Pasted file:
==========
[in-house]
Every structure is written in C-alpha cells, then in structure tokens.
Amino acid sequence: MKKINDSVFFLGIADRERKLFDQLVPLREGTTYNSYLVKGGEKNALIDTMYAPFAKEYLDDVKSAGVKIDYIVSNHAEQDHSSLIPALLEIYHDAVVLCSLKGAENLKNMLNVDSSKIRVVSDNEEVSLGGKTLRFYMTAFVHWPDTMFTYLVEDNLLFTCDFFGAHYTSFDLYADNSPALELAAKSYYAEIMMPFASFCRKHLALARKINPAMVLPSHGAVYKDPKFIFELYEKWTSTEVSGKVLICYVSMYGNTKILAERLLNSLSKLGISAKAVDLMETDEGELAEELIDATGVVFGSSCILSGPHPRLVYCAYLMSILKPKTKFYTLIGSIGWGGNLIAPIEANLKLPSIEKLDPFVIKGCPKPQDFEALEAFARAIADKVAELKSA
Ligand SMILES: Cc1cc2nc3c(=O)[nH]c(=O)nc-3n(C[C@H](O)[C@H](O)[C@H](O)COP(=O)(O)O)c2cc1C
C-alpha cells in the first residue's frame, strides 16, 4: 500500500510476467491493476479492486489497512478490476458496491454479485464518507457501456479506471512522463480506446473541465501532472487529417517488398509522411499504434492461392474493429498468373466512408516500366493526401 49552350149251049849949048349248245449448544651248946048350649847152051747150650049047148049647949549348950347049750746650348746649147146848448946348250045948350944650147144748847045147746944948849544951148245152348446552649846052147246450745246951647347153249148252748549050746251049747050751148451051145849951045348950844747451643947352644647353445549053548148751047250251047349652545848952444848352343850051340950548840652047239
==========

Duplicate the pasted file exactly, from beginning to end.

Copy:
[in-house]
Every structure is written in C-alpha cells, then in structure tokens.
Amino acid sequence: MKKINDSVFFLGIADRERKLFDQLVPLREGTTYNSYLVKGGEKNALIDTMYAPFAKEYLDDVKSAGVKIDYIVSNHAEQDHSSLIPALLEIYHDAVVLCSLKGAENLKNMLNVDSSKIRVVSDNEEVSLGGKTLRFYMTAFVHWPDTMFTYLVEDNLLFTCDFFGAHYTSFDLYADNSPALELAAKSYYAEIMMPFASFCRKHLALARKINPAMVLPSHGAVYKDPKFIFELYEKWTSTEVSGKVLICYVSMYGNTKILAERLLNSLSKLGISAKAVDLMETDEGELAEELIDATGVVFGSSCILSGPHPRLVYCAYLMSILKPKTKFYTLIGSIGWGGNLIAPIEANLKLPSIEKLDPFVIKGCPKPQDFEALEAFARAIADKVAELKSA
Ligand SMILES: Cc1cc2nc3c(=O)[nH]c(=O)nc-3n(C[C@H](O)[C@H](O)[C@H](O)COP(=O)(O)O)c2cc1C
C-alpha cells in the first residue's frame, strides 16, 4: 500500500510476467491493476479492486489497512478490476458496491454479485464518507457501456479506471512522463480506446473541465501532472487529417517488398509522411499504434492461392474493429498468373466512408516500366493526401 49552350149251049849949048349248245449448544651248946048350649847152051747150650049047148049647949549348950347049750746650348746649147146848448946348250045948350944650147144748847045147746944948849544951148245152348446552649846052147246450745246951647347153249148252748549050746251049747050751148451051145849951045348950844747451643947352644647353445549053548148751047250251047349652545848952444848352343850051340950548840652047239